General view of the Shah-i Zinde mausoleum complex
14th-15th century CE
Photos copyright © Daniel C. Waugh, 1969-1995
One of the most interesting and important historical sites in Samarkand is the Shah-i Zinde, a mausoleum complex located just northeast of the city. The complex is comprised of some two dozen mausoleums, a number of connected small mosques, and a now sizeable cemetery that has developed around the main buildings. The Shah-i Zinde contains fragments of some of the earliest known Islamic structures in Samarkand, but most of the surviving buildings date from just before Timur's establishment of Samarkand as his capital (i.e., ca. 1360) to about the middle of the following century. There have been continual renovations, some of them very recent, which make it difficult to know original details especially for the upper parts of many of the buildings. Nonetheless, numerous inscriptions, some dated, and the extensive preservation of the ceramic tiles on the buildings provide a unique overview of the architectural decoration for a very significant century in the history of Islamic art in Central Asia.
The famous fourteenth century Arab traveler Abu Abdalla Ibn Battuta was especially interested in recording important holy sites and his interactions with Muslim religious leaders. It seems significant therefore that the only Muslim shrine in Samarkand he chose to describe was that of Qutham (Kusam) Ibn Abbas, in the Shah-i Zinde complex. History has Ibn Abbas dying a martyr's death at the time of the first Arab siege of Samarkand (676/77 CE), yet according to local Samarkand legends (repeated by Ibn Battuta), Ibn Abbas escaped death and living on underground (hence the origins of the name Shah-i Zinde, the "Living King," which specifically referred to him). Veneration of Ibn Abbas initially seems to have begun under the Abbasid caliphs (after 750 CE), whose roots were in Khurasan, though there is no evidence that the shrine existed prior to the 11th century.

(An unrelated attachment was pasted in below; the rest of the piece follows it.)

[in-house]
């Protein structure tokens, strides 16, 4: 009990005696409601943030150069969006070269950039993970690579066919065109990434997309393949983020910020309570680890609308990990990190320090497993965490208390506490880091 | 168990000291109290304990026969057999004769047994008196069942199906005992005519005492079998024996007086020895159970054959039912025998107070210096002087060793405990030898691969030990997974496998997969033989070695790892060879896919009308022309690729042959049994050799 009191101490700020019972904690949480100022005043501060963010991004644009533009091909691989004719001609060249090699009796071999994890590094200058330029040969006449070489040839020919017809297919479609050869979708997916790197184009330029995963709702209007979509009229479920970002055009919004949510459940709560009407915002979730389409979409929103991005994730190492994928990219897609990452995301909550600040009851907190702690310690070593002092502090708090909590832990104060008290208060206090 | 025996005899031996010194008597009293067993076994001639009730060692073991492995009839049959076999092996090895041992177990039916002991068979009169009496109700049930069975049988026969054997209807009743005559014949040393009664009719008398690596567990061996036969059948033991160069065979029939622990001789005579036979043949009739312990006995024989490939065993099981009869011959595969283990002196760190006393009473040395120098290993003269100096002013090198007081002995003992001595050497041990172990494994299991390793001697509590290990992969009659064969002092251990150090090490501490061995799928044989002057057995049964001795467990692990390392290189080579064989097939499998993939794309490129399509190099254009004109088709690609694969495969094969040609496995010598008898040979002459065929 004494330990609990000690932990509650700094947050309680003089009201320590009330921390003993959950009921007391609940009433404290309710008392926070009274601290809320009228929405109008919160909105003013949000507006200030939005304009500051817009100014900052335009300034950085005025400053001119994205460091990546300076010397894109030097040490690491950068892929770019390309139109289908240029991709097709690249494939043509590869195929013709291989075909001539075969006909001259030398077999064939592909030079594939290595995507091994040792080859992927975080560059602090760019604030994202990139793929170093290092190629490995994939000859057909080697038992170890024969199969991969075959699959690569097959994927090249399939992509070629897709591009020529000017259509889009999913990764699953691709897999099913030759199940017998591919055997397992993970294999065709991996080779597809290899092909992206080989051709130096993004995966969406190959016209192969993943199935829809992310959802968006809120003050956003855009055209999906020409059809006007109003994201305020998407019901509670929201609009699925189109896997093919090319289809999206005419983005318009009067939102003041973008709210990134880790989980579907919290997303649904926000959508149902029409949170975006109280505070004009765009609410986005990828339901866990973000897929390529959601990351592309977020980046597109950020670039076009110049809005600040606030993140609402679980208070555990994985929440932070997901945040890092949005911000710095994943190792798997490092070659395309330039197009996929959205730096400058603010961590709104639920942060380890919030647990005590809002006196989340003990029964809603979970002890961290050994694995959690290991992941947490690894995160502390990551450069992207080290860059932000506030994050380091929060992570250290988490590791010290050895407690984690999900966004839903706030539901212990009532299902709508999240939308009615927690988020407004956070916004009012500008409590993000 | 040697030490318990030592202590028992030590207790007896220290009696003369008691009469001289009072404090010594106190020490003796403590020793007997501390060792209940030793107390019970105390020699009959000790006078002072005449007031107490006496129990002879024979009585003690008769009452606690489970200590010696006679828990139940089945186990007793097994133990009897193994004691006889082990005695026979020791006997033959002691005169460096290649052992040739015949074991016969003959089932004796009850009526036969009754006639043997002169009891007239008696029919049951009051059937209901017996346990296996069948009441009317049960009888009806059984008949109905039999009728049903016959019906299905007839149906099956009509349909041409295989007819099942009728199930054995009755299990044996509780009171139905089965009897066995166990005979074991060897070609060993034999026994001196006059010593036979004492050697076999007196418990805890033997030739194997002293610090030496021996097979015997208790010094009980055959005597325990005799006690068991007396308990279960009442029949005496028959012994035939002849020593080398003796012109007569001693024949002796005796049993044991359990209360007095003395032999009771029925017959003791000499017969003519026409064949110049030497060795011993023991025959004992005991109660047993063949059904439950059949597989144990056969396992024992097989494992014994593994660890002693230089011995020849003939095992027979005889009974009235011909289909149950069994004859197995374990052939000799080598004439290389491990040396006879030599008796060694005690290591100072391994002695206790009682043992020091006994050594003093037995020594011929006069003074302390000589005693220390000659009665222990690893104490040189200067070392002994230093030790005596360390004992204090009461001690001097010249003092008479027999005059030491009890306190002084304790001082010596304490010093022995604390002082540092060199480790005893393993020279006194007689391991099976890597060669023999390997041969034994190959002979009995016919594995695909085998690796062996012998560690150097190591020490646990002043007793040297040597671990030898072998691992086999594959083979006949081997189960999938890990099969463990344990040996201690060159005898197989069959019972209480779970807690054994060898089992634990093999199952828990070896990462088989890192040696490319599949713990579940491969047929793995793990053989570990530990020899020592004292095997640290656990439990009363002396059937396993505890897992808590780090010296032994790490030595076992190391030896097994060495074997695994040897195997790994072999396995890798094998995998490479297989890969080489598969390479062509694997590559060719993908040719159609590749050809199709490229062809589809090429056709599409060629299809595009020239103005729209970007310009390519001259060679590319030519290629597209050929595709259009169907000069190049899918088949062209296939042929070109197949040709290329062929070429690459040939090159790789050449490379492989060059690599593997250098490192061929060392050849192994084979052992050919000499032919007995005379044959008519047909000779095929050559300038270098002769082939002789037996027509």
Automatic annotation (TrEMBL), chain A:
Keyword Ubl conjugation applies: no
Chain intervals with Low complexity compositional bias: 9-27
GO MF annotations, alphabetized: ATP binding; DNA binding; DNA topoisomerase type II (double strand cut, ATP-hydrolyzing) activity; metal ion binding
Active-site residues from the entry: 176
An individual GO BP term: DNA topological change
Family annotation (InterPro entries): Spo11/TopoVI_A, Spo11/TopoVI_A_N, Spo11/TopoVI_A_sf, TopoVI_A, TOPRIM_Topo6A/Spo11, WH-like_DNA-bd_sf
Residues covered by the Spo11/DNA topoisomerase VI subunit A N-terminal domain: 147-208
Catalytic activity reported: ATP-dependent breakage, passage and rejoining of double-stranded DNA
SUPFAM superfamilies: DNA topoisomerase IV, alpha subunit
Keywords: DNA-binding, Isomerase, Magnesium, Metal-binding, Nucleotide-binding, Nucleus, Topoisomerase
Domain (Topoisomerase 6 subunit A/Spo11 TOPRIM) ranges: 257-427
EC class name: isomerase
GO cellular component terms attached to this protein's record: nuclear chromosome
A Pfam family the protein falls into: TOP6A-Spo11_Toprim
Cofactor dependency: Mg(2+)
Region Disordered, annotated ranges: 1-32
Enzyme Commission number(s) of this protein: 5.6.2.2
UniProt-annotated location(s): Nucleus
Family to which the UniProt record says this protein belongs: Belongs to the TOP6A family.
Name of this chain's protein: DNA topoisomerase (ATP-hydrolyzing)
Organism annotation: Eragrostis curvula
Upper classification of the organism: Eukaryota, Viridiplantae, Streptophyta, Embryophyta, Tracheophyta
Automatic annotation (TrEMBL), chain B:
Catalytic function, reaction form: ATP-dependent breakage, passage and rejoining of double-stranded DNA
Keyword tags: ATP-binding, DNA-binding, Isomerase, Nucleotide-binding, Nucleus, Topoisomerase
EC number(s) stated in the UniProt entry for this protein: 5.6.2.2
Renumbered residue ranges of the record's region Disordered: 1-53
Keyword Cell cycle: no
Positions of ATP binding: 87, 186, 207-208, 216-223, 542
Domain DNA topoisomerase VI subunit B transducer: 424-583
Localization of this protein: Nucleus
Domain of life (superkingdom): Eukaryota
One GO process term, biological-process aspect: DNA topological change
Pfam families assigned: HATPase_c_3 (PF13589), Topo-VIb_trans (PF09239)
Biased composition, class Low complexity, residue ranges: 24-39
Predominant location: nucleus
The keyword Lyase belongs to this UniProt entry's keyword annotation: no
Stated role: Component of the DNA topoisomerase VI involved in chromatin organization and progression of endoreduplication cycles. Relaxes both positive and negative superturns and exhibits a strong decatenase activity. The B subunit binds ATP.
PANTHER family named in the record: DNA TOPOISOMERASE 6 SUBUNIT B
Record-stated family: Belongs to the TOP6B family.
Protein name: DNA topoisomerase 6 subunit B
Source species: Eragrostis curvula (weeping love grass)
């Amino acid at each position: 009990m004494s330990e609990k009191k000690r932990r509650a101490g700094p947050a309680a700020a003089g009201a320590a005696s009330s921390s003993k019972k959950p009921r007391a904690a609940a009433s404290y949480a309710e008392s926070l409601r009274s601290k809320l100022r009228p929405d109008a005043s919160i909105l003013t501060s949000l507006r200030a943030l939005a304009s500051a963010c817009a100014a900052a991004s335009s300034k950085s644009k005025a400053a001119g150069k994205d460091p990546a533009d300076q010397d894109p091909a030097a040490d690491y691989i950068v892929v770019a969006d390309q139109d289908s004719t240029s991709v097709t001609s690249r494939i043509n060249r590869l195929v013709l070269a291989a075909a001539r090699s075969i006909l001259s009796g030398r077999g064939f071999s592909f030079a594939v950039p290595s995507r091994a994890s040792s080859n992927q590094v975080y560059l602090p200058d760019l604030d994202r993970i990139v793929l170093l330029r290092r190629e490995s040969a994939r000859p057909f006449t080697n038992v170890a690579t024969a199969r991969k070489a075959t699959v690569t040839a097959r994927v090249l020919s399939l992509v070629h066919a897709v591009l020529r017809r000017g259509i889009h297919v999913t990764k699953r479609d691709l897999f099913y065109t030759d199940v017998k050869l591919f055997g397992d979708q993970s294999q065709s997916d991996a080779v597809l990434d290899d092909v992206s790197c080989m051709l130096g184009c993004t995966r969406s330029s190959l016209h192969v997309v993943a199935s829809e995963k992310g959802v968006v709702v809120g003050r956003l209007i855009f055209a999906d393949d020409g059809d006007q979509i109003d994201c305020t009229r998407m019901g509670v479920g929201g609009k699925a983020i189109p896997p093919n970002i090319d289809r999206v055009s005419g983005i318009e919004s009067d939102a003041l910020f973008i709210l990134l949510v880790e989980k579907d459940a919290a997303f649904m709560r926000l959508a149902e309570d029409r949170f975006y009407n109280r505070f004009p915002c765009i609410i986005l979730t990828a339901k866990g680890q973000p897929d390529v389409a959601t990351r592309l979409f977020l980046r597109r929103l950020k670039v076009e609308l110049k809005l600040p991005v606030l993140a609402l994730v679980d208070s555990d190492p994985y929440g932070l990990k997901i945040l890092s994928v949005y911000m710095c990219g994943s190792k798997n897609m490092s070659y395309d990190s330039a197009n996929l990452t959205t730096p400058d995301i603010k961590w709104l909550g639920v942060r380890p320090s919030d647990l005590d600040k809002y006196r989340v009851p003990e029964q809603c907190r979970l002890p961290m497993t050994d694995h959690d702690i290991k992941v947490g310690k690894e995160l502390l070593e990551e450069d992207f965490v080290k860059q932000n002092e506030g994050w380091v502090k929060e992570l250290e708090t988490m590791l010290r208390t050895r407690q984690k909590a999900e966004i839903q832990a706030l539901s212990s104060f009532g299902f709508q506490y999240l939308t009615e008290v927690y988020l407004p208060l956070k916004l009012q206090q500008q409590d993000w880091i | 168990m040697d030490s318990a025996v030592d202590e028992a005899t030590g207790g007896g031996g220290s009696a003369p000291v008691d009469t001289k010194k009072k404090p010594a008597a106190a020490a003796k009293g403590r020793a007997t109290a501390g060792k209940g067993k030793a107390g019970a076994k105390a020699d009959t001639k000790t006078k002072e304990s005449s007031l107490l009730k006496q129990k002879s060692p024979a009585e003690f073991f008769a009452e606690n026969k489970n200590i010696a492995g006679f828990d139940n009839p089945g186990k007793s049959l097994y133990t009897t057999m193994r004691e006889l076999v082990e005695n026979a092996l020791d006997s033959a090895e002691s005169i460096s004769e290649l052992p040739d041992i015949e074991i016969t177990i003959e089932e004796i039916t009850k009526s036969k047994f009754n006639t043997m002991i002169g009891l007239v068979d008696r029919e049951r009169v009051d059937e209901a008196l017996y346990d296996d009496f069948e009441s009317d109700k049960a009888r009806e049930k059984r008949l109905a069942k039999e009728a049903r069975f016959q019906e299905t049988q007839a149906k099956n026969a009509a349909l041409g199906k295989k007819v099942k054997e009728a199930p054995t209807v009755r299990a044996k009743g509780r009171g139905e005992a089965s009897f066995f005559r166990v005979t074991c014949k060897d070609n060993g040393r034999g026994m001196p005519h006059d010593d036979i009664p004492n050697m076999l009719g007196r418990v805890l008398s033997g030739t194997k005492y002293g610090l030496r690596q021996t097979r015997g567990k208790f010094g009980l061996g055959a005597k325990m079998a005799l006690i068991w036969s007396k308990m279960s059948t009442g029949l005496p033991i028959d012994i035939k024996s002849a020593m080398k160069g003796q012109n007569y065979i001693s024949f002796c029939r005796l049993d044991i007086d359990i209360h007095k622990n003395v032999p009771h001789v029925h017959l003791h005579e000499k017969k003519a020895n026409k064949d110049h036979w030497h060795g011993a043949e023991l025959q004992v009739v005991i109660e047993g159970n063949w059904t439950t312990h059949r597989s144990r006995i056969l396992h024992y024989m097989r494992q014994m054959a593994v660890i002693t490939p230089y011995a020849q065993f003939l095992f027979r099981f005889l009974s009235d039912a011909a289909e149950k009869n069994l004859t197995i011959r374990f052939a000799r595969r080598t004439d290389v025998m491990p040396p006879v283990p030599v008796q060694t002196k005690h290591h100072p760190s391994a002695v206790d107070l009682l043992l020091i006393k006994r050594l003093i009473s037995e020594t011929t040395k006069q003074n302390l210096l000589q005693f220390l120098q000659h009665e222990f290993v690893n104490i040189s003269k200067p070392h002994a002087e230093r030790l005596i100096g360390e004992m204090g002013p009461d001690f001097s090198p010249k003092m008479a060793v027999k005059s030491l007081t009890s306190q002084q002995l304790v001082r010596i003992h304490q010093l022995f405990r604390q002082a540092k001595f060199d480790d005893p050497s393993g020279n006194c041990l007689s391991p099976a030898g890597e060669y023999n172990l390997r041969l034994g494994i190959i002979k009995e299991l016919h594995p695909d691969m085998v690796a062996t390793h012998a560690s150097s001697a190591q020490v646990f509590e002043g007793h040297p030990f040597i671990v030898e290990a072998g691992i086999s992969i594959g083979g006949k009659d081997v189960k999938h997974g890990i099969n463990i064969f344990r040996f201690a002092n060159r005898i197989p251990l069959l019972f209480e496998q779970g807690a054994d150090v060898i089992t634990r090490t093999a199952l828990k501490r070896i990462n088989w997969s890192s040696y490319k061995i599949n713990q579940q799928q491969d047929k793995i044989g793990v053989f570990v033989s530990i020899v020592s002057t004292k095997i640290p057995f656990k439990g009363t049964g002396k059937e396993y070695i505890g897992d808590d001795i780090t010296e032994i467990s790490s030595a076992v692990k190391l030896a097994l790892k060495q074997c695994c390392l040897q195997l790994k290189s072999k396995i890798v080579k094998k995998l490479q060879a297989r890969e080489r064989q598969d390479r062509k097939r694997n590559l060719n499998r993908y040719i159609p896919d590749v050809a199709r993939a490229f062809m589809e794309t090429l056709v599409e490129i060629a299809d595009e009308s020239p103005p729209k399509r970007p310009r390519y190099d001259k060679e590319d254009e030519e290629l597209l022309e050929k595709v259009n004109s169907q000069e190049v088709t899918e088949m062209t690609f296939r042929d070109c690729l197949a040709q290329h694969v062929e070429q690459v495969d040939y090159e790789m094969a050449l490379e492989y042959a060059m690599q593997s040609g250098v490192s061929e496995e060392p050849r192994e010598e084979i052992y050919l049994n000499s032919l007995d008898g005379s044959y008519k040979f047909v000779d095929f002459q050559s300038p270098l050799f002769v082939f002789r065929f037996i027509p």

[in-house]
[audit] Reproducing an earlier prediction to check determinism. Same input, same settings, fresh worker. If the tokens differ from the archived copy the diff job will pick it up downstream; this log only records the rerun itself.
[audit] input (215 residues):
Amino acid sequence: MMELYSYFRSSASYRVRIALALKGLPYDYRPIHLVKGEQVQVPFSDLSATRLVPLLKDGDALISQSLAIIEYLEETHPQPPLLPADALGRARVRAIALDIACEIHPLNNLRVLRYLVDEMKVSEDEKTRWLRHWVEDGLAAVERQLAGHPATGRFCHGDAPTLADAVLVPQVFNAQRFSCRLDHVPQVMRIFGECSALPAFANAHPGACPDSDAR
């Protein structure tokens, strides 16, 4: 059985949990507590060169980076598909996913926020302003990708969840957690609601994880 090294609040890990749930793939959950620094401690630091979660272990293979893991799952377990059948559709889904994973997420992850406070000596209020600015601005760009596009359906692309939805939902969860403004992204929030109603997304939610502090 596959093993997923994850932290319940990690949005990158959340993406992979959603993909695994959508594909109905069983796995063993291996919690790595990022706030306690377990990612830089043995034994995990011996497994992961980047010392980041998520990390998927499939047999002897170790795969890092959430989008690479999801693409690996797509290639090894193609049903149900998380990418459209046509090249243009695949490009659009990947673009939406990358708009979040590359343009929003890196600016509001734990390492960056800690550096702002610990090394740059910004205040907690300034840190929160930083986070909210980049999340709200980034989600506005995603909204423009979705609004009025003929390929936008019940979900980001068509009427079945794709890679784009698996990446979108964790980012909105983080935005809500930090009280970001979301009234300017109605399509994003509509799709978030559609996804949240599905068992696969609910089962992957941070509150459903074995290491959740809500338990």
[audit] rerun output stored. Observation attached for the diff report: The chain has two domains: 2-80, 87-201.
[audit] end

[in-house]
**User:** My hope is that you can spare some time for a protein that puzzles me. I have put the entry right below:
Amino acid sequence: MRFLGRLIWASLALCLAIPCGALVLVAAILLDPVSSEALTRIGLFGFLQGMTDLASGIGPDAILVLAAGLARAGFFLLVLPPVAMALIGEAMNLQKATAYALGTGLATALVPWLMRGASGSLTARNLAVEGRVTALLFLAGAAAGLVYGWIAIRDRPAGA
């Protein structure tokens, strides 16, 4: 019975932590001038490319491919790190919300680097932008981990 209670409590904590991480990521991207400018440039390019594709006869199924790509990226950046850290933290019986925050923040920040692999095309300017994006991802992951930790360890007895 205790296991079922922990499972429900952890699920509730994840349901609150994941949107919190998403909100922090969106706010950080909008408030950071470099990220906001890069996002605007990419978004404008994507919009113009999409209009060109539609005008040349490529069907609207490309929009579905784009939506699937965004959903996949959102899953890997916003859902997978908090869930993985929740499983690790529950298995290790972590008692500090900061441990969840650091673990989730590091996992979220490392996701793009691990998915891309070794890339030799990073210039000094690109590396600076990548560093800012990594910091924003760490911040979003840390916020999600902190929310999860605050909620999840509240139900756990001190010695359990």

The surviving structures that comprise the Ibn Abbas shrine today largely date from the 14th and 15th centuries. Its entrance is in a 14th-century archway that spans the main corridor of the Shah-i Zinde. Entering the shrine, the only tile decorations that have been preserved inside the structure are located in the mihrab, a niche indicating the direction of Mecca. Beyond is an antechamber (the ziyaretkhana) for pilgrims who would pray at the shrine, rebuilt in 1334/35, a date inscribed on the tile work of its ceiling. The squinches (at the corners under the dome) contain excellent examples of tiled muqarnas (stalactite) decoration. The "tomb" itself can be seen through an elegantly carved fourteenth-century wooden screen. There is some disagreement as to the date of the current cenotaph over the burial. Whether it dates from the 1330s might be questioned, since the appearance is very different from the description in Ibn Battuta's text; alternatively, it is dated to the 1380s.
-- Daniel C. Waugh
Follow this link to Waugh's Central Asia for more images and information on the Shah-i Zinde complex, including Ibn Battuta's account of his visit to the site in the early 1330s, and examples of Timurid-era architecture added in the fifteenth century.